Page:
RFR: 8221836: Avoid recalculating String.hash when zero
shade at redhat.com
Tue Apr 9 08:11:51 UTC 2019
On 4/8/19 11:31 PM, John Rose wrote:
> I agree that this is a good change, and you can use me as a reviewer.
Which opens up the process question: are you acting as Project Lead here to resolve the disagreement
between Reviewers (the only accepting Reviewer being yourself)?
(There are ways for me to yield: for example, accept this patch provisionally, if Claes and/or
accepting reviewers agree that any follow-up issue with it triggers the immediate backout, and
future attempts to introduce it are rejected given the observed non-trivial cost. This seems like a
no-brainer for those who argue there is little risk in doing this.)
> I disagree with Aleksey; it's a new technique but not complex
> to document or understand. The two state components are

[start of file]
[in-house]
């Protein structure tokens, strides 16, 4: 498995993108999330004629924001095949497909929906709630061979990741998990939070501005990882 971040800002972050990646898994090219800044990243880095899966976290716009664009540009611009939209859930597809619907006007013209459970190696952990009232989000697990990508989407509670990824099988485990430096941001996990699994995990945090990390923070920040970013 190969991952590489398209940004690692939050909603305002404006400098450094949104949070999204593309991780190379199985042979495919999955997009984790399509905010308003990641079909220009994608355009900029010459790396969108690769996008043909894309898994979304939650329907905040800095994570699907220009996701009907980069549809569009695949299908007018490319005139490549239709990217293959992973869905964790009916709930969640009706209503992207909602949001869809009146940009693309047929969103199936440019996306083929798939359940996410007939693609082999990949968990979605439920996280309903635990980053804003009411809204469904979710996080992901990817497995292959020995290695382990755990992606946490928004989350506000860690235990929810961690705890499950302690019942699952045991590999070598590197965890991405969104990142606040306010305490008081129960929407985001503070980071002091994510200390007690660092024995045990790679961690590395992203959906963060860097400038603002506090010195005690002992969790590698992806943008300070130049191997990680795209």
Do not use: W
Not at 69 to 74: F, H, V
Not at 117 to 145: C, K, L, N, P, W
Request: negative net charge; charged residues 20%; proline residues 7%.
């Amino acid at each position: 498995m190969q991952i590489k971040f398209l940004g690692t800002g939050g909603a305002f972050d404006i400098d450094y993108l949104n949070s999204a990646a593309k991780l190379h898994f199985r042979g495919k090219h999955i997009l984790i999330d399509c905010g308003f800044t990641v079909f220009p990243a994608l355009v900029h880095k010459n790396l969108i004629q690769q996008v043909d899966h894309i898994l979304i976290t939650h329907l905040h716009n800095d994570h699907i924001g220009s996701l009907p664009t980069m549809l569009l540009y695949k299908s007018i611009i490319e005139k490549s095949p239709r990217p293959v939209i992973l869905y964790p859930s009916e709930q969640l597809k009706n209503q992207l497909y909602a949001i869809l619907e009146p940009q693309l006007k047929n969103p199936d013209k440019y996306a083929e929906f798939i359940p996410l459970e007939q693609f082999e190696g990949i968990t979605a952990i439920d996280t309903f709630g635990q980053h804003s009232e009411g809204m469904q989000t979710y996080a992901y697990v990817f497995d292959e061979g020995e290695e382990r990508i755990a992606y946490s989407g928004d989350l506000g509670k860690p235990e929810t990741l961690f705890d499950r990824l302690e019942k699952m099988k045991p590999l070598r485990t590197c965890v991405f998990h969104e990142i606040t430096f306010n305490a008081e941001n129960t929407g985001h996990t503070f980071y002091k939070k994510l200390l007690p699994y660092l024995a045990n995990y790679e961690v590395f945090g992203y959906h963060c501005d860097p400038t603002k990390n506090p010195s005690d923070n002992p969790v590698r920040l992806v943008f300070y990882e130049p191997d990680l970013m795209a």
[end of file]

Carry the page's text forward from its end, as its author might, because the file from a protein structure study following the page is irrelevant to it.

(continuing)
> independent in their action; there is no race between their
> state changes.
Yes, I am a firm believer that concurrency hacks need justifications, regardless of how simple they
appear at the moment. Call me paranoid, but I know enough about (Java) concurrency to be paranoid.
For tiny benefits, you need to demonstrate the non-existent cost to tip the cost/benefit balance
over the acceptance threshold. But even the benefits are questionable:
> Meanwhile, there are two reasons I want the change:
> 1. Less risk of spurious updates to COW memory segments in
> shared archives.
There is no risk for current code either. How come adding the new writable field provides "less risk
of updates", anyway? With one field we can track the object state in an obvious manner. Spreading
that state over two fields makes it less risky how exactly?
> 2. No risk of hashcode recomputation for the 2^-32 case.
> This might seem laughable, until you remember that it's exactly
> those cases that DOS attackers like to create.
Alt-hashing covers this obscure case in the course of mitigating much easier and much broader attack
on String hashcode. We don't get to wave in every single hack into class libraries under "security"
justification, especially when the mitigation already exists.
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